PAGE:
Spirituality, Sexuality . . . and Vocabulary
As someone who has wondered at the issues involving monastic vows of sexual abstinence, I found myself dog-earing the following passage from an interview with a Buddhist couple who gave up the monastic life for marriage, as interviewed by Leslee Goodman in the January, 2009 issue of The Sun.
Goodman: Do you feel that religious policies of abstinence backfire and end up leading to sexual transgressions?
Kittisaro: The Buddha didn’t demand that everyone abstain from sexual practice. He taught the five precepts for laypeople, which include using your sexuality wisely and abstaining from exploitative sexual practices, such as sex with a minor or with someone who’s already in a committed relationship. For those who were interested in exploring the causes of suffering, however, he laid out the dangers of attachment and desire. He never denied the joys of sensory experience, but he pointed out their limitations. The Buddha taught that to truly know the end of suffering, one needs to let go of sexual desire. If we can’t do that, then the Buddha encouraged us to limit our sexual activity to that which does no harm. Whether a layperson or a monastic, one must wrestle with sexuality to contain it within a moral or ethical boundary, so that it doesn’t harm anyone, including oneself.
The practice of not acting on sexual desire backfires when we are unaware of desire, or we repress it, or we pretend it doesn’t exist, or we judge it. Abstinence backfires when we are too arrogant to own up to our limitations. Spiritual leaders who take sexual advantage of their disciples in the name of some higher principle do great harm to themselves as well as those they abuse. They cause people to lose faith in the spiritual practice.
Thanissara: In lay life our sexual or creative energy can get dispersed in many directions, but in monastic life there’s a lot of focus and intensity. If you don’t have a strong system in place to contain and channel these energies, there can be a dramatic acting-out of the shadow self and desire, followed by denial, which is damaging. It doesn’t have to go that way, of course. I have friends who have lived a celibate, monastic life for up to forty years. They are passionate, creative people who have transmuted their sexual energies and learned to experience intimacy with all of life. I don’t think the rule of celibacy is necessarily flawed. I think it has to be chosen and then used with integrity and compassion. Good peer groups also help maintain honesty and accountability. Too often a guru operates with no accountability.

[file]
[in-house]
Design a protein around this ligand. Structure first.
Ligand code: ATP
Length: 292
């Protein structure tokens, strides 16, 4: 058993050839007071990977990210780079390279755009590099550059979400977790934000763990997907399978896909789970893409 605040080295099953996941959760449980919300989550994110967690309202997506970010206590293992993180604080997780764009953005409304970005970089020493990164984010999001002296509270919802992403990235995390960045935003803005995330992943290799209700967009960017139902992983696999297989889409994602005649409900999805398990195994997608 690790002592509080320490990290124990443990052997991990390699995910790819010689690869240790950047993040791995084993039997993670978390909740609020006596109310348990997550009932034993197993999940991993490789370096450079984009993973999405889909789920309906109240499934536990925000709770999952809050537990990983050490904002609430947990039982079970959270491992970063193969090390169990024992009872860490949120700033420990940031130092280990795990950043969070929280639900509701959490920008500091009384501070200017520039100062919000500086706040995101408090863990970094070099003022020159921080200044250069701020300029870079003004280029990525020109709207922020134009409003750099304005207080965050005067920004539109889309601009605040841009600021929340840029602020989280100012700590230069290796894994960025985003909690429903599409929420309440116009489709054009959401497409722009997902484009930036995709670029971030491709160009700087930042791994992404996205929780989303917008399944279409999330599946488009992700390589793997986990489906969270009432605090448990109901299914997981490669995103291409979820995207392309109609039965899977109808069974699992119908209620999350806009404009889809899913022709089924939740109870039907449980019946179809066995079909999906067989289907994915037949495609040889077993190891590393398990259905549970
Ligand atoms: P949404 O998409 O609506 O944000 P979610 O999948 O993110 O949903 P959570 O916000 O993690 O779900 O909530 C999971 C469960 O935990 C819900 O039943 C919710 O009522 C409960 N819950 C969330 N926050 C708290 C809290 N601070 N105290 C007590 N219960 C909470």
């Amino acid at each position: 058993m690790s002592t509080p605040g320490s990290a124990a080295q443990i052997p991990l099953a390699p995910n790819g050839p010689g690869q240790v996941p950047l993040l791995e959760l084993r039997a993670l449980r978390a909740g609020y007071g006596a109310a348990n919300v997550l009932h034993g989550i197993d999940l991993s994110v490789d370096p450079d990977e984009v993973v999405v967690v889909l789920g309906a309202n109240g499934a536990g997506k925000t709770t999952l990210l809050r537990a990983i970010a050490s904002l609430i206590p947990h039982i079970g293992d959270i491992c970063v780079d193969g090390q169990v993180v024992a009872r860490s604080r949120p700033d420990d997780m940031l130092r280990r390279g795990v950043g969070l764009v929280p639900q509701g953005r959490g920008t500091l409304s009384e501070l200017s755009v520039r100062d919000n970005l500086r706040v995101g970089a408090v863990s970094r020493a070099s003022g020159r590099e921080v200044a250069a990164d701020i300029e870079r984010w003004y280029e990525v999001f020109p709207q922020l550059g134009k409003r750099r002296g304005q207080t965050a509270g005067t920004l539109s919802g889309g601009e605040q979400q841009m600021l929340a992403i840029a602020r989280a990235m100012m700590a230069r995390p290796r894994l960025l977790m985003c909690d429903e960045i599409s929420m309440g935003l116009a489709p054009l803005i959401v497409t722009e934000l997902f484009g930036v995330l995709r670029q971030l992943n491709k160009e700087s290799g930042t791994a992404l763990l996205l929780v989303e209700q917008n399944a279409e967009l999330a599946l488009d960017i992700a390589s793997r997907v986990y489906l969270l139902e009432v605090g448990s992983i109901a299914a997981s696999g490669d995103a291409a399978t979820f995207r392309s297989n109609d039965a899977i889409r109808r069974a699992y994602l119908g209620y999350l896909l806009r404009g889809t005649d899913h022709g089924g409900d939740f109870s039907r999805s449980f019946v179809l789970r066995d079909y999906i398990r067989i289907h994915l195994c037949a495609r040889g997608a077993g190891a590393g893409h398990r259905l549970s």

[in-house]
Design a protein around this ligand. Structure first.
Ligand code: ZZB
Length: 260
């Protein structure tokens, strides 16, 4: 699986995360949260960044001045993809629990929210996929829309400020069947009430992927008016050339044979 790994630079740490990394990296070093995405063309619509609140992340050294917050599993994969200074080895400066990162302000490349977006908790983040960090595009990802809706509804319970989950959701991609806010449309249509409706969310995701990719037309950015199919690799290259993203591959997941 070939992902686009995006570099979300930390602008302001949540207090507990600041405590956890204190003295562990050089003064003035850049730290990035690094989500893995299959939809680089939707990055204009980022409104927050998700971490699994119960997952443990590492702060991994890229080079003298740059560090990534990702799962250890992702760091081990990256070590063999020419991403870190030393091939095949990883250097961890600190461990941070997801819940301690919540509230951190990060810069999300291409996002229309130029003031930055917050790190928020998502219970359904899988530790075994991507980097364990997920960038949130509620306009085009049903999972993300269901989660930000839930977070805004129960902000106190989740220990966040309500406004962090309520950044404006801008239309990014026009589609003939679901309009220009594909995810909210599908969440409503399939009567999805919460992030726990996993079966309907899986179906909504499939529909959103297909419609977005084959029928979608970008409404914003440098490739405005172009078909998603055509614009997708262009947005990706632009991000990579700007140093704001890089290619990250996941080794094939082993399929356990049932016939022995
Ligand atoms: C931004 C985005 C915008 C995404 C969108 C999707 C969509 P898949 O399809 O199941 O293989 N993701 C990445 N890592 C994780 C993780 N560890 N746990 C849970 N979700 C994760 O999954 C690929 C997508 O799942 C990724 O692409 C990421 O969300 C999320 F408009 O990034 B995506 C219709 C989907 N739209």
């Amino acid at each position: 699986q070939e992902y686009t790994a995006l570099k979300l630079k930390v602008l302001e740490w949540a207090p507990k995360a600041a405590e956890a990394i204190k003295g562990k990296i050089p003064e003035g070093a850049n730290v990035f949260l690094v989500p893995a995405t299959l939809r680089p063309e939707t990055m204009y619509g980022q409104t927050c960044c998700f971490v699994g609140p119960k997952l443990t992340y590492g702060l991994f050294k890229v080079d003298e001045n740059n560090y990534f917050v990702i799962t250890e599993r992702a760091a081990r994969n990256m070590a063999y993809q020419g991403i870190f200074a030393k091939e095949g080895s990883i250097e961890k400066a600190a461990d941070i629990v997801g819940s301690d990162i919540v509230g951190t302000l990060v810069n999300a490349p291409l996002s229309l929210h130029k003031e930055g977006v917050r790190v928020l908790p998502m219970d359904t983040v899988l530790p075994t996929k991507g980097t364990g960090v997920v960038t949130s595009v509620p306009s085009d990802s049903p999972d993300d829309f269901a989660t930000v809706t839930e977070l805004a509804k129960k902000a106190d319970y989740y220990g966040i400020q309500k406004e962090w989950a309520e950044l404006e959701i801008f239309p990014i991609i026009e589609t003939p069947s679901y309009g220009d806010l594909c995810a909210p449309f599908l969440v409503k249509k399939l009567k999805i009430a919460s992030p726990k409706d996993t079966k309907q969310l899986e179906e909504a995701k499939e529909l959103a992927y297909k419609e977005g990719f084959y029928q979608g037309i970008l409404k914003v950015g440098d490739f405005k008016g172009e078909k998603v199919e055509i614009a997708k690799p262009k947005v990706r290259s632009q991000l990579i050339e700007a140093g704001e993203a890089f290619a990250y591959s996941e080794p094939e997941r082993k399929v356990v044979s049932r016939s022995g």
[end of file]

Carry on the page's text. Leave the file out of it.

A woman relaxes contemplatively in a hot spring. (CC: Lewisha Jones)
My own boundaries, which are more instinctual than prescribed, have fallen along these lines of morality. When I have felt an opportunity to take advantage of another’s relationship, however attractive, I have always felt a certain uneasiness . . . there’s really nothing good that can result from such an adventure. Likewise when I had to wrestle from within a disrupted relationship, my feeling toward the third party was that they were engaging in a parasitic activity. Straying from within a relationship is also destructive, but in a different way: it is succumbing to weakness or a lack of discipline. I have more sympathy for someone who fails themselves and others out of weakness over one who exploits a situation out of greed.
I also like Thanissara’s expression of having “learned to experience intimacy with all of life” . . . I learned the enjoyments of intimacy and sexuality separately, and it was only later that I found the reward in experiencing the two together. The trouble with our hyper-sexual culture is that we come to value sex as a commodity, and the value of intimacy is given short shrift. Sex sells a lot faster than intimacy, but it is the intimacy that is more rewarding. Maybe instead of arguing over “abstinence education” in the schools we can improve the sexual education curriculum to impart the idea of intimacy, which begins with learning to be more fully present within yourself and then open to experiencing another person without an agenda.
Intimacy needn’t preclude sex, but it can be deeply fulfilling and carries less risk of STDs and unplanned pregnancy.
And now some recent revelations regarding vocabulary!
Celibate has traditionally meant “unmarried” . . .
Chaste means that one has abstained from “unlawful” sexual intercourse: thus only with your spouse.
A chaste celibate would then be refraining from all sexual intercourse.
An abstainer is someone who refrains from some activity. But “sexual abstainer” just doesn’t have the same ring as “chaste” or “celibate” which have both in modern usage come to mean “aint gettin’ none.”